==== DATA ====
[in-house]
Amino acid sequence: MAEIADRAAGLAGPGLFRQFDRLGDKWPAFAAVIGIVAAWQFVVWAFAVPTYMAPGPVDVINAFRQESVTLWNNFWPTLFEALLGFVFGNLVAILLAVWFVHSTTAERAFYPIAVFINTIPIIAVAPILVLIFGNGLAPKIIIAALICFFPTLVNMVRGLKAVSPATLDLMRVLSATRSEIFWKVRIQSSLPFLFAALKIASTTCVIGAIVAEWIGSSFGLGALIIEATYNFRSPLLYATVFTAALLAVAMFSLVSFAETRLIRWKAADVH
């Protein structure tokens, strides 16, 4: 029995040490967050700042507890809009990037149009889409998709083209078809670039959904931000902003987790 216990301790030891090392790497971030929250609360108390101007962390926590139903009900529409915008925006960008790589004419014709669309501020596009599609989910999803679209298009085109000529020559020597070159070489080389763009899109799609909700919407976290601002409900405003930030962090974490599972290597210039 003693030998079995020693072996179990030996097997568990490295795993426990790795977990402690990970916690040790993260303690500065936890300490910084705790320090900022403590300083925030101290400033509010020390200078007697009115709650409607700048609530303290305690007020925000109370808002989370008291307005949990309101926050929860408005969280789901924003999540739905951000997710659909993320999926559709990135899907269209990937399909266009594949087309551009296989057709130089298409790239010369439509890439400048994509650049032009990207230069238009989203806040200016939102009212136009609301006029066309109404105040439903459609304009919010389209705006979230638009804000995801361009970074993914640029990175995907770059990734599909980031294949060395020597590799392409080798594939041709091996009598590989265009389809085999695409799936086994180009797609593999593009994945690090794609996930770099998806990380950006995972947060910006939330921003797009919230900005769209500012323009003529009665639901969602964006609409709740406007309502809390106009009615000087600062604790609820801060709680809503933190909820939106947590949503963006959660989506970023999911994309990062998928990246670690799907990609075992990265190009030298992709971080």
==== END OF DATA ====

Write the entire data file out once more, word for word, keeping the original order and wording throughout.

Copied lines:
[in-house]
Amino acid sequence: MAEIADRAAGLAGPGLFRQFDRLGDKWPAFAAVIGIVAAWQFVVWAFAVPTYMAPGPVDVINAFRQESVTLWNNFWPTLFEALLGFVFGNLVAILLAVWFVHSTTAERAFYPIAVFINTIPIIAVAPILVLIFGNGLAPKIIIAALICFFPTLVNMVRGLKAVSPATLDLMRVLSATRSEIFWKVRIQSSLPFLFAALKIASTTCVIGAIVAEWIGSSFGLGALIIEATYNFRSPLLYATVFTAALLAVAMFSLVSFAETRLIRWKAADVH
């Protein structure tokens, strides 16, 4: 029995040490967050700042507890809009990037149009889409998709083209078809670039959904931000902003987790 216990301790030891090392790497971030929250609360108390101007962390926590139903009900529409915008925006960008790589004419014709669309501020596009599609989910999803679209298009085109000529020559020597070159070489080389763009899109799609909700919407976290601002409900405003930030962090974490599972290597210039 003693030998079995020693072996179990030996097997568990490295795993426990790795977990402690990970916690040790993260303690500065936890300490910084705790320090900022403590300083925030101290400033509010020390200078007697009115709650409607700048609530303290305690007020925000109370808002989370008291307005949990309101926050929860408005969280789901924003999540739905951000997710659909993320999926559709990135899907269209990937399909266009594949087309551009296989057709130089298409790239010369439509890439400048994509650049032009990207230069238009989203806040200016939102009212136009609301006029066309109404105040439903459609304009919010389209705006979230638009804000995801361009970074993914640029990175995907770059990734599909980031294949060395020597590799392409080798594939041709091996009598590989265009389809085999695409799936086994180009797609593999593009994945690090794609996930770099998806990380950006995972947060910006939330921003797009919230900005769209500012323009003529009665639901969602964006609409709740406007309502809390106009009615000087600062604790609820801060709680809503933190909820939106947590949503963006959660989506970023999911994309990062998928990246670690799907990609075992990265190009030298992709971080």